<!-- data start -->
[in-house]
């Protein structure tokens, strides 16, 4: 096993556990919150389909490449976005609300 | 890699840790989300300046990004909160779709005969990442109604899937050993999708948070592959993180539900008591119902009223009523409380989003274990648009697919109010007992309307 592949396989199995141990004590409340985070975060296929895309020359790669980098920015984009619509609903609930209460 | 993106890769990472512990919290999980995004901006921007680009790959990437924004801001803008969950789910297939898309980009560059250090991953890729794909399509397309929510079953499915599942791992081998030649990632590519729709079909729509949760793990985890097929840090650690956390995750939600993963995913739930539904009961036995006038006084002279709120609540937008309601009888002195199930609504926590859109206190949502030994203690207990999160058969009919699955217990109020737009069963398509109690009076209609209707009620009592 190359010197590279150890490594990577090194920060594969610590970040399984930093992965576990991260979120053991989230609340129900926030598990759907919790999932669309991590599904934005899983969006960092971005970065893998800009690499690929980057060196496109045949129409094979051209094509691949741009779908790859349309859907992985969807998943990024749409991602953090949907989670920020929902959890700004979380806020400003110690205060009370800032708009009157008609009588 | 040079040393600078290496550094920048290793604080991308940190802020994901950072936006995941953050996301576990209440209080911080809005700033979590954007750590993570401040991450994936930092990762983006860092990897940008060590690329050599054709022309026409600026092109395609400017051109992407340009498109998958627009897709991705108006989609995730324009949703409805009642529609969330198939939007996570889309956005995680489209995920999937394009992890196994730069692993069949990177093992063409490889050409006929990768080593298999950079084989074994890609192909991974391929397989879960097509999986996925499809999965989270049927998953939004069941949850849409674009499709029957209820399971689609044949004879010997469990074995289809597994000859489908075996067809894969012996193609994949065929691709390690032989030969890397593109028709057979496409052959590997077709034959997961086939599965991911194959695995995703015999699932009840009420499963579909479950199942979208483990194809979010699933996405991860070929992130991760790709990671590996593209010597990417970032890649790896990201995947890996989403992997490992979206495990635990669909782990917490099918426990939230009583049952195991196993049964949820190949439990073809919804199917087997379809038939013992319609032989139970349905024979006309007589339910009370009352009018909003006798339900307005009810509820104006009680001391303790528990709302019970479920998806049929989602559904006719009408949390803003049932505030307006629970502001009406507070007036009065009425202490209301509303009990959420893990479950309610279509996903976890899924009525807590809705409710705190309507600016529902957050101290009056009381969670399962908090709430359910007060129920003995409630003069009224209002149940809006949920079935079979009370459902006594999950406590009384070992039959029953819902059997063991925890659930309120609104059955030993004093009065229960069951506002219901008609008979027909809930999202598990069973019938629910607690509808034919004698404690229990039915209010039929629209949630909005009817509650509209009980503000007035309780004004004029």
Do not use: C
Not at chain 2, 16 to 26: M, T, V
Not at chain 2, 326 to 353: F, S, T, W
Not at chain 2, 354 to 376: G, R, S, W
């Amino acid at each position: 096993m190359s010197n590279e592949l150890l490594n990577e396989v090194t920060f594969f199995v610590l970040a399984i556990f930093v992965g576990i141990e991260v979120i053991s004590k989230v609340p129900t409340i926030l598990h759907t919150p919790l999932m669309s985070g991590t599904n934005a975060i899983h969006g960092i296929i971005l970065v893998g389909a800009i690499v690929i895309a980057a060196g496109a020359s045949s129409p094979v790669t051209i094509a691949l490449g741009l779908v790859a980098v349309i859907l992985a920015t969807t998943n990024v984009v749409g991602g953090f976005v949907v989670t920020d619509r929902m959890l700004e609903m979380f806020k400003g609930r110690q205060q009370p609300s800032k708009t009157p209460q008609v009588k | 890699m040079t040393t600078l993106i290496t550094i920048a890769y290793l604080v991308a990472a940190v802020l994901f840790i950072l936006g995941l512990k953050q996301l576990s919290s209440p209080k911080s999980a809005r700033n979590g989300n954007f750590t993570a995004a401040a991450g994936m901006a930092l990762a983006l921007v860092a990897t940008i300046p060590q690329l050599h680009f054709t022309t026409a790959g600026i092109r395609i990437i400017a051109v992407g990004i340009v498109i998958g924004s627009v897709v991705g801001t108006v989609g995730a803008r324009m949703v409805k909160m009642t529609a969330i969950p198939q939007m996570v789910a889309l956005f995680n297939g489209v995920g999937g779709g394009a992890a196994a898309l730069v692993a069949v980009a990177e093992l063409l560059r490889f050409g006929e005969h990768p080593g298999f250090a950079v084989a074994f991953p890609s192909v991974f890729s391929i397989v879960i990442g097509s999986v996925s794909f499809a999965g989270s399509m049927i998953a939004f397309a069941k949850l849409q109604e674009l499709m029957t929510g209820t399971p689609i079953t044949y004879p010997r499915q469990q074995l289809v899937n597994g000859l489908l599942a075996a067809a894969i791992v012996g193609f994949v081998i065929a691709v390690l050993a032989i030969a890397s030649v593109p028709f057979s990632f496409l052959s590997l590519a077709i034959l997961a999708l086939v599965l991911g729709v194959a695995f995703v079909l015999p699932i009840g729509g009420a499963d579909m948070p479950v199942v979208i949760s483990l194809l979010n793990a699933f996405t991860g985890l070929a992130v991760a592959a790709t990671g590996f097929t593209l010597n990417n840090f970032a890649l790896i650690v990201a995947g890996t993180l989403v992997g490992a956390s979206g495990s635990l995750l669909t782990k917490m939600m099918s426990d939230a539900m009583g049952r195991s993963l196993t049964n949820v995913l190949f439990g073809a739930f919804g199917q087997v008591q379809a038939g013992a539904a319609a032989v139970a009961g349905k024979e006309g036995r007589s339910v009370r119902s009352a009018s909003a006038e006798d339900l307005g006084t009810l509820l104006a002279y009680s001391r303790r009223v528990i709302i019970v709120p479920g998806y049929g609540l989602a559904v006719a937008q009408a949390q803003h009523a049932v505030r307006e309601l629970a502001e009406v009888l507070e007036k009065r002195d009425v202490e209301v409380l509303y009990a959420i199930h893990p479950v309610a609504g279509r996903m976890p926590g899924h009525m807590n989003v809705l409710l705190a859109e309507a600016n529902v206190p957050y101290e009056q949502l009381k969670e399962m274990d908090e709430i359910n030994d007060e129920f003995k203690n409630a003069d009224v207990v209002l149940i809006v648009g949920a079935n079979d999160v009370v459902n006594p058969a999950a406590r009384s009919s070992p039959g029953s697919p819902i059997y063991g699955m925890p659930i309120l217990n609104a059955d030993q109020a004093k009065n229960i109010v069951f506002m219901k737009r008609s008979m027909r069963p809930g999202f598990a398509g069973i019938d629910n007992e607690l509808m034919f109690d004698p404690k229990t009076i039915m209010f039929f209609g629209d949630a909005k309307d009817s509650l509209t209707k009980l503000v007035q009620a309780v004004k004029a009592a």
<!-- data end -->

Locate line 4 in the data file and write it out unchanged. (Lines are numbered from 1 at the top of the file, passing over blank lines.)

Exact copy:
Not at chain 2, 16 to 26: M, T, V